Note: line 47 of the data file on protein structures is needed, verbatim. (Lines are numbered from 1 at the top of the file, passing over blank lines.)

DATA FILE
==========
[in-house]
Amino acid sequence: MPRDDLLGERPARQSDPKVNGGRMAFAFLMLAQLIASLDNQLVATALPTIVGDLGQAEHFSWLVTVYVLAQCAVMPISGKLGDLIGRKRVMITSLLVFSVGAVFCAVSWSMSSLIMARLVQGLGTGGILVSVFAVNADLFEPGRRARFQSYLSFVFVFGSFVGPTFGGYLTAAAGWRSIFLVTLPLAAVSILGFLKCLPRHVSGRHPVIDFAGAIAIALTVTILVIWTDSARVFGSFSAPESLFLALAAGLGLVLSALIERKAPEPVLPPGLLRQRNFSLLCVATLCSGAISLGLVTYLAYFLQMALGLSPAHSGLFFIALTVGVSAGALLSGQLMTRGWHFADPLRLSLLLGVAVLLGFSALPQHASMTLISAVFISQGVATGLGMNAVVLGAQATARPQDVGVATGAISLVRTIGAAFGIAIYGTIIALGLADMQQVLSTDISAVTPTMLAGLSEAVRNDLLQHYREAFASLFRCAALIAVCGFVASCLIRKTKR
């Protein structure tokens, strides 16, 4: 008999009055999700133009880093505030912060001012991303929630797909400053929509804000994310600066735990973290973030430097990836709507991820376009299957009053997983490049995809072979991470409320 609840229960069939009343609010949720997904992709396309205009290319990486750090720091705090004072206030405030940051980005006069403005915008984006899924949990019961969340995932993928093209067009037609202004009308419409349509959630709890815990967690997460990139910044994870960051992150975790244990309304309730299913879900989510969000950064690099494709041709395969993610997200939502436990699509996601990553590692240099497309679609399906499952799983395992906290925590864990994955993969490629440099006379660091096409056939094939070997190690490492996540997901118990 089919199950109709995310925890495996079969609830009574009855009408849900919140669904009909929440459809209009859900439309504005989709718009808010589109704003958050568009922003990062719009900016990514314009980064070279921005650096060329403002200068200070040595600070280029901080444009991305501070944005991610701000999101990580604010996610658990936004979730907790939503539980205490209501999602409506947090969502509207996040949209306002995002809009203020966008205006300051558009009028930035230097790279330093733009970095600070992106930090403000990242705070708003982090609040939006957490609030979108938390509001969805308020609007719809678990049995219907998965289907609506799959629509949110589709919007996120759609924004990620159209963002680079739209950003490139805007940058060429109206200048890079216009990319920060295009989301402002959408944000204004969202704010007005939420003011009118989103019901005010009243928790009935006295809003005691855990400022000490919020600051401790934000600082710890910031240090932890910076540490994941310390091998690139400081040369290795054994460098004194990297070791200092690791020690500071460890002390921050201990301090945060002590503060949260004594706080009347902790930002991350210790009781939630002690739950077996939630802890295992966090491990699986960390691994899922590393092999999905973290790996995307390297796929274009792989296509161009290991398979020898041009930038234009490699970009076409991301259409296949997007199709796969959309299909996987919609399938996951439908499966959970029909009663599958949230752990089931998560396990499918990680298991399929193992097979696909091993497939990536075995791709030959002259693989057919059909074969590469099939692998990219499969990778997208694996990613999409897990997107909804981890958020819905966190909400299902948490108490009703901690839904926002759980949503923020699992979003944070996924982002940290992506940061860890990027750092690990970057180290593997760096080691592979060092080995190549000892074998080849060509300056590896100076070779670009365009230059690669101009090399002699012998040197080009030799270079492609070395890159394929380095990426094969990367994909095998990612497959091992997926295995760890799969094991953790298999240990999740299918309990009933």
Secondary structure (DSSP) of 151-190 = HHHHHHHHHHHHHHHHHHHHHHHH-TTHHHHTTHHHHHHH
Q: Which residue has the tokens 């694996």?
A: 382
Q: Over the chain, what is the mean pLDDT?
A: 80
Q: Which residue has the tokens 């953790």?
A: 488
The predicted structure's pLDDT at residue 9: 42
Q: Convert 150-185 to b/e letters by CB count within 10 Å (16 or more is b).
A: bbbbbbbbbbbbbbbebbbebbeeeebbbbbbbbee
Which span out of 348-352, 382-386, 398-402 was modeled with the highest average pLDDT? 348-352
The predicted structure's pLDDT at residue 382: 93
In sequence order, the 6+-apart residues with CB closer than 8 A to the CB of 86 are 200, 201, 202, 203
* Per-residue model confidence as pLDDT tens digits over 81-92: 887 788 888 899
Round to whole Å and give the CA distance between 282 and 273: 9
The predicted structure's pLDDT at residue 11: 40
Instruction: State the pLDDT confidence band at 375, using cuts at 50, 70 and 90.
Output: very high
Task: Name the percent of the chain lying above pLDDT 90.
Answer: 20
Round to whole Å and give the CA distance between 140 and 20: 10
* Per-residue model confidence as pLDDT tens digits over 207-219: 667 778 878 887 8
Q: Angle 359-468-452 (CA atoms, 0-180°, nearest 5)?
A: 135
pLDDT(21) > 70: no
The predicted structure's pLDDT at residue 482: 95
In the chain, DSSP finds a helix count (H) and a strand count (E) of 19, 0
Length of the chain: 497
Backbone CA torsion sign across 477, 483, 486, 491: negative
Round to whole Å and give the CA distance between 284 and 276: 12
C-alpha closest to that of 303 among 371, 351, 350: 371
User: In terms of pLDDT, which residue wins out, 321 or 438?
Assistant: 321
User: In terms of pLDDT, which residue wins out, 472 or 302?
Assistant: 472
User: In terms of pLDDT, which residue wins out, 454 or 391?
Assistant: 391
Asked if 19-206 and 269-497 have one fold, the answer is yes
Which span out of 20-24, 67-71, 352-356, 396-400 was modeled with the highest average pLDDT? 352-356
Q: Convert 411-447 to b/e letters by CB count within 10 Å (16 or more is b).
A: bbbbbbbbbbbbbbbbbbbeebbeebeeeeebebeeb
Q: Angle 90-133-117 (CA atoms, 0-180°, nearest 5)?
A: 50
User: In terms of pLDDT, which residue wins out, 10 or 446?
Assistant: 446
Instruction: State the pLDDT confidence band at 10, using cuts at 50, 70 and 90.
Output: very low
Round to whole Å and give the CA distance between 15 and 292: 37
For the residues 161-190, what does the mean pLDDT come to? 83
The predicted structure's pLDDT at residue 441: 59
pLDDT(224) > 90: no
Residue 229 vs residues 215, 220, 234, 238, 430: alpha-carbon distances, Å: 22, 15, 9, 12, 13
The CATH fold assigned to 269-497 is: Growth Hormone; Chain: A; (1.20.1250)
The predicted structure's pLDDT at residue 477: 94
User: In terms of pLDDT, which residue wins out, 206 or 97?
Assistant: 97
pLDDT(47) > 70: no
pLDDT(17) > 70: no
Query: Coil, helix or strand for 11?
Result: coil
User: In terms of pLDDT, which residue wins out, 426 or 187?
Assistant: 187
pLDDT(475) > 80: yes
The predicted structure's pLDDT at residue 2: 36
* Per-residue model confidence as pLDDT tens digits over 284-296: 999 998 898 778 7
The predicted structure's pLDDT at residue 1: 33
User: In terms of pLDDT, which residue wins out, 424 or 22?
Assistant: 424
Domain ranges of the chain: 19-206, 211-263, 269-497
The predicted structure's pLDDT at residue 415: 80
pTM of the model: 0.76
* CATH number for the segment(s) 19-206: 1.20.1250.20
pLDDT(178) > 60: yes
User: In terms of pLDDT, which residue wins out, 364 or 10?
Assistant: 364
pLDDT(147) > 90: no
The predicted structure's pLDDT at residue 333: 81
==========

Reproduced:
User: In terms of pLDDT, which residue wins out, 10 or 446?